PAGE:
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The Danger of Disillusionment

Posted by MacZad
Jun 26 2012

At the end of World War One the Allies imposed draconian reparations on Germany. That financial burden made life so tough for the German people that by the early 1930s they were thoroughly disillusioned and desperately searching for who to blame and for leadership that promised better times ahead. The leader they chose was Hitler with his fascism and, persuaded by his eloquent rhetoric, part of the blame was placed on the Jews. You know how it all ended.

Recently in the middle-east, and despite the armed solders in the streets, disillusionment boiled up into revolutions in several countries and resulted in the removal of their autocratic leaders. Now with austerity being imposed in Greece we are seeing the rise of extreme political groups there.

Here in our country the stirrings of disillusionment with the current plutocracy/corporatocracy have surfaced both on the right (Tea Party) and the left (Occupy Wall Street). The two groups place the blame differently but there is much in common about their concerns. At present both are on the fringes. However, unless true democracy begins to replace the current plutocracy/corporatocracy their numbers will grow dramatically and dangerously, for in the modern world it's easy for people to see gross inequity, and they know that they can successfully rebel against those causing it. If the rich and powerful continue to resist all reforms the coming rebellion will be ugly for them and perhaps for us all, for what follows a rebellion can be much worse than what was before. As with Hitler, disillusionment and rebellions often give those at the extremes a chance to grab power. Socialism would likely be too mild, but fascism, communism and autocracy are all possibilities.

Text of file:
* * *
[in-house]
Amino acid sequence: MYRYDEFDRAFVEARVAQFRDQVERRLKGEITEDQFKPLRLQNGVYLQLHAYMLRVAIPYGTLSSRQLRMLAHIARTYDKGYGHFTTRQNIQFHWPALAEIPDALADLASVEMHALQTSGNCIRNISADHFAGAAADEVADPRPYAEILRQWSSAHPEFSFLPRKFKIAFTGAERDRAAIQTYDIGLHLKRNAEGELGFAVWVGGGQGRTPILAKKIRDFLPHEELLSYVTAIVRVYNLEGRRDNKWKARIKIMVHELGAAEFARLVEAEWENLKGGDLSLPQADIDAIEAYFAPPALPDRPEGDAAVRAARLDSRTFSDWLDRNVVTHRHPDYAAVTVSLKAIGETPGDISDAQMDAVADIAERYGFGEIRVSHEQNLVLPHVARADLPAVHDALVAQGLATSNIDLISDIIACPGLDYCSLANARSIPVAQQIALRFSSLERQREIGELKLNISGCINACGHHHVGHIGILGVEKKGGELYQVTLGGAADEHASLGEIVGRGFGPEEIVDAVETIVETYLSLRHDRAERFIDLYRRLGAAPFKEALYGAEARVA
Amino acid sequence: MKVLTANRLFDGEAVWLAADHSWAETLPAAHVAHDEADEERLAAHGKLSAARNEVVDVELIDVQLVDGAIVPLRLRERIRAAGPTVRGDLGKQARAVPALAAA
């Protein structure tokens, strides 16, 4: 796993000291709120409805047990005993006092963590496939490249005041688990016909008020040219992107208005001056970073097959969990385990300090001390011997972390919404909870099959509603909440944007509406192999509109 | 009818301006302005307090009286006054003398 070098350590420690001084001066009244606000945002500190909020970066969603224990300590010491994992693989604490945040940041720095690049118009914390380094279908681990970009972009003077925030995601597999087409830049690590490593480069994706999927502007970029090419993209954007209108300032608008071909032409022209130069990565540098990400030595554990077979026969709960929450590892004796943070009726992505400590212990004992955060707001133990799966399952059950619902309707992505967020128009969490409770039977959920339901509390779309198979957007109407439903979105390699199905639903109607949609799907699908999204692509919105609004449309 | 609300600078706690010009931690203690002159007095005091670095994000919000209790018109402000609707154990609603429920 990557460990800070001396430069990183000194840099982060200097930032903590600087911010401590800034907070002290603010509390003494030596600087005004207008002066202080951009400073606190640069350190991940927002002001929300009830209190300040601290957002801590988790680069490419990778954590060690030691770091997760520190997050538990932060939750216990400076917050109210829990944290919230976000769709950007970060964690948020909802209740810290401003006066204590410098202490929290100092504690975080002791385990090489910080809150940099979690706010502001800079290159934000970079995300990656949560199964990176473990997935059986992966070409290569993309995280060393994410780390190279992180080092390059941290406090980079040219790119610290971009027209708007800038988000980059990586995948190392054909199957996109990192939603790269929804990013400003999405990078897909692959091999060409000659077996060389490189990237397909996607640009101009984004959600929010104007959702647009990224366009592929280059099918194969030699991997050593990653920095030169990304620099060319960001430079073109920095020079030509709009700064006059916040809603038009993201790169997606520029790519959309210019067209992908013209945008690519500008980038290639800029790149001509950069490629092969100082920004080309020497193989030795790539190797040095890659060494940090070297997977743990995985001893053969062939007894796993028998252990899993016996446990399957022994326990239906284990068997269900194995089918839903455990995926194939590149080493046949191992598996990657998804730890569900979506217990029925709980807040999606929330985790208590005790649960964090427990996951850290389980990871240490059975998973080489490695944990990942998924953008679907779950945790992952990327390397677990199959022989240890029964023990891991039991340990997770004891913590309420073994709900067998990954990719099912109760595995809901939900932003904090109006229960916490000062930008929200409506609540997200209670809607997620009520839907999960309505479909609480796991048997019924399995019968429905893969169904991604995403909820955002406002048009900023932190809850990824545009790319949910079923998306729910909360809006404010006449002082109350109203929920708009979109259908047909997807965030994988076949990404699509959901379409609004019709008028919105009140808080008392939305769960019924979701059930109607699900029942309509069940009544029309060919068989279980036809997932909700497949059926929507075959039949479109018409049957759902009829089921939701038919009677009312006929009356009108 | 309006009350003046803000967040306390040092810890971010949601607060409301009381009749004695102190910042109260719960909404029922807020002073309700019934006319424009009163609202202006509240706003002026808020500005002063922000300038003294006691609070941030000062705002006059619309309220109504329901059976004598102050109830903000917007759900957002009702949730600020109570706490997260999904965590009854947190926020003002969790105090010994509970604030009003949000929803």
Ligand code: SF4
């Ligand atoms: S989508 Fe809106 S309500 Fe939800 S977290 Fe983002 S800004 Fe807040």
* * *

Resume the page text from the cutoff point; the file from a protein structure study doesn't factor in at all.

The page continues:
Here's a quote that echoes this thinking. It's from the article "When Did the GOP Lose Touch With Reality?" by former Bush administration staffer David Frum.

The[se] Republican billionaires are not acting cynically. They watch Fox News too, and they're gripped by the same apocalyptic fears as the Republican base. In funding the tea-party movement, they are ­actually acting against their own longer-term interests, for it is the richest who have the most interest in political stability, which depends upon broad societal agreement that the existing distribution of rewards is fair and reasonable. If the social order comes to seem unjust to large numbers of people, what happens next will make Occupy Wall Street look like a street fair. The emphasis is mine.

The rich and powerful need an "enlightenment" and perhaps there is hope. More and more Republicans are questioning the party's current stubborn dedication to the plutocrats/corporatocrats. On the Democratic Party side there needs to be a disengagement from Wall Street and a return to the party's roots as the working man's friend, but much prodding from the working man will be needed before it happens.

Twitter ( @MacZad ) has just alerted me to the excellent Truthout Op Ed article on this subject. Well worth the read. (Updated 11/01/12)

Categories: Opposing Plutocracy and Corporatocracy, Seeking Better Governance